It’ll be ten years in October since Iain McGilchrist published The Master and His Emissary, his magisterial study of the division of the brain into left and right hemispheres and the impact of this division on Western civilisation. I began reading it in 2013 and have finished it in time for the tenth anniversary. Although McGilchrist writes well and lucidly, and although I devour books, I found this one a challenging read. I needed to take pauses from reading it to let its argument sink in. This isn’t just a reflection of my cognitive abilities. McGilchrist writes in ways that draw on both left- and right-hemisphere orientations. My struggle perhaps exemplifies his thesis that we have become inured to left-dominant ways of comprehending.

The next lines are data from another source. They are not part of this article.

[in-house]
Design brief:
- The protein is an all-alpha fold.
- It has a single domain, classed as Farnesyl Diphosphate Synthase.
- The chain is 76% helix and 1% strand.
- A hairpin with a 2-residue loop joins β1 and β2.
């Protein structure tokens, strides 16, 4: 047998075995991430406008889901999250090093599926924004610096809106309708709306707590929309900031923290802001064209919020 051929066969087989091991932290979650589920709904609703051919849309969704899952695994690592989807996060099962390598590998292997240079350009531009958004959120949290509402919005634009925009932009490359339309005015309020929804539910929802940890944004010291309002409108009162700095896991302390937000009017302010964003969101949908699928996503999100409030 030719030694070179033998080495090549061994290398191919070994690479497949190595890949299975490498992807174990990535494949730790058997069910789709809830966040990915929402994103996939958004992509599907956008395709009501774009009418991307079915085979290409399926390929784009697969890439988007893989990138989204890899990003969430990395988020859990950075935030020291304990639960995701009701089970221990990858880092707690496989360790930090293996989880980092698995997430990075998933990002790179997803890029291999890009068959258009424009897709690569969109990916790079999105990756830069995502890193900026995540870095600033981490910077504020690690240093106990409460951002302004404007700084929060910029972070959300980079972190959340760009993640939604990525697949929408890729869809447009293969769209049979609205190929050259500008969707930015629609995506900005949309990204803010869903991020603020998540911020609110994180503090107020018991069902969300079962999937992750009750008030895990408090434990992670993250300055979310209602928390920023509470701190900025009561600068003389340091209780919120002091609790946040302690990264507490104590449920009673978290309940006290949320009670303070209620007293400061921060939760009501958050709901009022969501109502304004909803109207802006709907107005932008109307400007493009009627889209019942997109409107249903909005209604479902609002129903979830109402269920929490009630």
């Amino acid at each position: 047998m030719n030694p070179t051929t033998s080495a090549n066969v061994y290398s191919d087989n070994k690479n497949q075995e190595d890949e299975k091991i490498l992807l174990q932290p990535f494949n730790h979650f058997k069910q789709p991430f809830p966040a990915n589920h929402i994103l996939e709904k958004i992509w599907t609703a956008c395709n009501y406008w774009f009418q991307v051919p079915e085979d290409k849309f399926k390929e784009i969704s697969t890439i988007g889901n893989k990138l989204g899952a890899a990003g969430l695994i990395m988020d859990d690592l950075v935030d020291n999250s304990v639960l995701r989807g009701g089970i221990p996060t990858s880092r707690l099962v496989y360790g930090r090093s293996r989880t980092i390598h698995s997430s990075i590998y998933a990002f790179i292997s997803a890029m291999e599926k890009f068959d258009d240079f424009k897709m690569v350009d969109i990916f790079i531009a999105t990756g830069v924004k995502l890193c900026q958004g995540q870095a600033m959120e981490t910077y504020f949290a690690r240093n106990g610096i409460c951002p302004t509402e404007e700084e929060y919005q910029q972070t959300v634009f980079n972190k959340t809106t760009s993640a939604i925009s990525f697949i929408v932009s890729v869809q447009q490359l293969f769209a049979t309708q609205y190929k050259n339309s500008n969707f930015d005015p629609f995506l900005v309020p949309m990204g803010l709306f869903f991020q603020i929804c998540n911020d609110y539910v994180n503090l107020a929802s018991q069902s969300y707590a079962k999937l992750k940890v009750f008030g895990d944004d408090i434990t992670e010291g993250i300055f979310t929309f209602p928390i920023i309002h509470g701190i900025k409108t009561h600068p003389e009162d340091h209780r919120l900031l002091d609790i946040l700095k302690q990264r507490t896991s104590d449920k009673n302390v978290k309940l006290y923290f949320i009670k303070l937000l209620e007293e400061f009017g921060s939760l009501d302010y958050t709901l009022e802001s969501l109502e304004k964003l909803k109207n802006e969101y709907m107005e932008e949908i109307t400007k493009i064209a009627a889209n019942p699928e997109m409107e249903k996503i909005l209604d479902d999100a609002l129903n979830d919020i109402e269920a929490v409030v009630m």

The outcome of 25 years’ polymathic scholarship, The Master and His Emissary cites 2,500 sources of neuroscience, provides a potted history of Western culture and philosophy from the Greeks to the present day, and displays refined critical appreciation of art, literature and music through the ages. Despite its challenging nature, it is widely cited in coaching and leadership circles, though often erroneously by those who take it to be a confirmation of pop psychology constructs of the left and right “brains” as having different functions: left for language, right for creativity, etc.